|— Town and municipality —|
|• Mayor||Enno Mägar (IRL)|
|• Density||849/km2 (2,200/sq mi)|
|Time zone||EET (UTC+2)|
|• Summer (DST)||EEST (UTC+3)|
Püssi is a town in Ida-Viru County, Estonia, with a population of 1,783 as of 2012. It is located on the road between the Estonian capital city Tallinn and the major Russian city St. Petersburg.
Following the end of the period of Estonian rule by the Soviet Union, Püssi saw a sharp economic downturn and a population exodus. In 1989 the population of Püssi stood at 2,400 people. Two decades later, in 2009, the population was only 1,809. The population has continued to decrease and by 2012 stood at 1,783 people.
By 2002 Püssi had accumulated 20 million kroons of debt, the equivalent to 1.3 million euros, and property values had become so low that apartments were valued around zero. Since then, the city's economy has begun to recover. Püssi has planned the construction of an industrial park. The Chairman of the town council, in an interview with The Baltic Times, marketed Püssi by stating that property values in the city were only 1% of those of the capital city of Tallinn.
Püssi has historically served as a production center for particle board. At the time of the collapse of the Soviet Union, the town's largest employer was a particle board manufacturer, Repo Vabrikud, that employed 1,400 people, over half the city. Although Repo Vabrikud has scaled back employment significantly, other particle board manufacturers have moved in. Sorbes Group has the production center for their "Repo by Sorbes" line of particle board in Püssi. In 2011, the Estonian furniture manufacturer Viisnurk took over an inactive softboard factory in the city with the intention of manufacturing softboard for international clients in Asia and Europe.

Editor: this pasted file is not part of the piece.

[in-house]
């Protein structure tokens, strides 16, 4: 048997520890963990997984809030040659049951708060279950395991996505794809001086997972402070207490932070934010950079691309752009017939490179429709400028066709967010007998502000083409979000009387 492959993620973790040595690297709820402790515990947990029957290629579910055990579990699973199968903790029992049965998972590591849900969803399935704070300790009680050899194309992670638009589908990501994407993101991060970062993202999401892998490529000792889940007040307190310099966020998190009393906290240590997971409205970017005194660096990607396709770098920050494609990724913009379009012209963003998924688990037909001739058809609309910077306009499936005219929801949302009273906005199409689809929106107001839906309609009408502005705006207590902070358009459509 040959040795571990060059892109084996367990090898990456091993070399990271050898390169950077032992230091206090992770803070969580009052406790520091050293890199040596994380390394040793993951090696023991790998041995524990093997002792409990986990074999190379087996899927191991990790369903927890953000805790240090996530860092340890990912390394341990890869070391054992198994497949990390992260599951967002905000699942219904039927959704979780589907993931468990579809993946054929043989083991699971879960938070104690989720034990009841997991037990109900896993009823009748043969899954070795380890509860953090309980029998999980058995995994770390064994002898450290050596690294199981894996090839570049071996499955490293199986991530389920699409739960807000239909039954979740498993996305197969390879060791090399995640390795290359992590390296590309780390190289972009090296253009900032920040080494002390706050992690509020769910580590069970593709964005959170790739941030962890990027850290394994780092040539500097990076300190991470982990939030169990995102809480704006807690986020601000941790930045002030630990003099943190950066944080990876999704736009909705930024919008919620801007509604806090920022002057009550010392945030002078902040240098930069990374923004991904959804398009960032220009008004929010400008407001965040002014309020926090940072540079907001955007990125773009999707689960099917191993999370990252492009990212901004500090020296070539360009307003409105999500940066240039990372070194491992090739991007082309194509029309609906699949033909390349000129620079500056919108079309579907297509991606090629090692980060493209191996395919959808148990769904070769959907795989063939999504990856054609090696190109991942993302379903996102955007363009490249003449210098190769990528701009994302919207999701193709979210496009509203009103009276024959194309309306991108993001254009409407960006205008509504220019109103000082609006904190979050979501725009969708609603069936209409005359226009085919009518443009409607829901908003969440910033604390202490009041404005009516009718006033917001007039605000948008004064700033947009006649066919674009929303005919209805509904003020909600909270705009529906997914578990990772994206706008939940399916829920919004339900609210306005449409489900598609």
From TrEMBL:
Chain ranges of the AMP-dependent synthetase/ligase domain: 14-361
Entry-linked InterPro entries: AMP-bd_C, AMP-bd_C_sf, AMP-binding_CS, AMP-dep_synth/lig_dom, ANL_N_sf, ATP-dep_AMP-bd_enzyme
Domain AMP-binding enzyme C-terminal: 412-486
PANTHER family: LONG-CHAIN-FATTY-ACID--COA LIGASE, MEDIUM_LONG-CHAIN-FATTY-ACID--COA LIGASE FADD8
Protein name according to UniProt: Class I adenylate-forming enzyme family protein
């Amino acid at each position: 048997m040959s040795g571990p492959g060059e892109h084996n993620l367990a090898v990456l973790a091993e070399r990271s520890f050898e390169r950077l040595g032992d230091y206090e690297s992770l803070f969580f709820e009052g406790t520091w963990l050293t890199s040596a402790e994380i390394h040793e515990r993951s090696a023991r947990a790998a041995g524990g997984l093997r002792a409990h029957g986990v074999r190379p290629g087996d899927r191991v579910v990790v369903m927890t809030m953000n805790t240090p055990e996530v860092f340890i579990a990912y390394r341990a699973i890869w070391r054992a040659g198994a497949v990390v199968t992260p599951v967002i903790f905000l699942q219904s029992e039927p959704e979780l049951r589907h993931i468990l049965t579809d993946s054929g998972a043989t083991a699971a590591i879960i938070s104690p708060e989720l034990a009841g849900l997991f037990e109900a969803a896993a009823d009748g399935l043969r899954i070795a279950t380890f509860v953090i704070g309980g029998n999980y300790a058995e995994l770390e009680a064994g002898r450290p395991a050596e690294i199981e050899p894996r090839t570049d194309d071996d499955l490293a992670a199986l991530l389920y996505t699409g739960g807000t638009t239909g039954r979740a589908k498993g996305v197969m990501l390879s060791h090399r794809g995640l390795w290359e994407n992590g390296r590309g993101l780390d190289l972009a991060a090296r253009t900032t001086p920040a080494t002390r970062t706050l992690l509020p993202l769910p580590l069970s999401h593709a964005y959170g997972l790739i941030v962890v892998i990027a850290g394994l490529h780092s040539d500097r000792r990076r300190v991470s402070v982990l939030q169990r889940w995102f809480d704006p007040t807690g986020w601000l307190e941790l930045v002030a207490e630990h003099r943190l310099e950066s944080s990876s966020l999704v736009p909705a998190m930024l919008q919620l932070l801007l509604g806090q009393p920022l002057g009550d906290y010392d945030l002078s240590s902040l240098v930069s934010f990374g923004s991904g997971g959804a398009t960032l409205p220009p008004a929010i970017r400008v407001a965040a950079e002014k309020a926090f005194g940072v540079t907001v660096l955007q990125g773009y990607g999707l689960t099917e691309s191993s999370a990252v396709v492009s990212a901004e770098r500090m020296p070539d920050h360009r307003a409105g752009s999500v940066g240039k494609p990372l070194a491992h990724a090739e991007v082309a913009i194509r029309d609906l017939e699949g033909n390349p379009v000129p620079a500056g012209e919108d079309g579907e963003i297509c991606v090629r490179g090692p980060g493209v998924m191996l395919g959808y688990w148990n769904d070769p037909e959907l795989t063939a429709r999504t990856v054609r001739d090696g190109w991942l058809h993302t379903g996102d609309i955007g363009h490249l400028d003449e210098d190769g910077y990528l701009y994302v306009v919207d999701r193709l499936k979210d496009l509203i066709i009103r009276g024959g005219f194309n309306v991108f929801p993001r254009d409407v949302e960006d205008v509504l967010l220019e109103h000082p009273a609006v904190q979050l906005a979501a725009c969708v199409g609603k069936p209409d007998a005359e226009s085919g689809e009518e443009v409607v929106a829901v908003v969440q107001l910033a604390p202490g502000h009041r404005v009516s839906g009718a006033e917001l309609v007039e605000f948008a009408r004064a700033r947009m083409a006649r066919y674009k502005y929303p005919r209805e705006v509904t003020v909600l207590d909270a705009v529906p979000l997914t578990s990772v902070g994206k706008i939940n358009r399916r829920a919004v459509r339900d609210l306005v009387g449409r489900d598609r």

- "PO0291: POPULATION NUMBER, AREA AND DENSITY BY ADMINISTRATIVE UNIT OR TYPE OF SETTLEMENT, 1 JANUARY". Statistics Estonia. Statistics Estonia. Retrieved 14 January 2013.
- Charles, Alec. "Pussi galore: the renaissance of an Estonian town". The Baltic Times. Baltic News LTD. Retrieved 14 January 2013.
- "About Estonia". Sorbes Group website. Sorbes Group. Retrieved 14 January 2013.
- "Estonian furniture maker Viisnurk acquires softboard factory". Invest Estonia website. Estonian Investment Agency. Retrieved 14 January 2013.
- "Siemens to supply converter stations for HVDC connection between Estonia and Finland – Transmission capacity between the two countries to increase threefold". Press Release. Siemens AG. Retrieved 15 January 2013.
- "Püssi Pungist sai kahepäevane festival". Virumaa Teataja (in Estonian). Postimees. Retrieved 14 January 2013.
- "Estonian Trio to Headline Blues Night at UK's Only Dylanfest". Estonian Embassy in London website. Estonian Embassy in London. Retrieved 14 January 2013.
- Pae, Taavi; Aarne Luud, Eedi Sepp (2005). "ARTIFICIAL MOUNTAINS IN NORTH-EAST ESTONIA: MONUMENTAL DUMPS OF ASH AND SEMI-COKE". Oil Shale 22 (3): 333–343. Retrieved 15 January 2013.
- Abel, Tiina (2004). "Art Collection as a Manifesto". Estonian Institute. Retrieved 15 February 2013.
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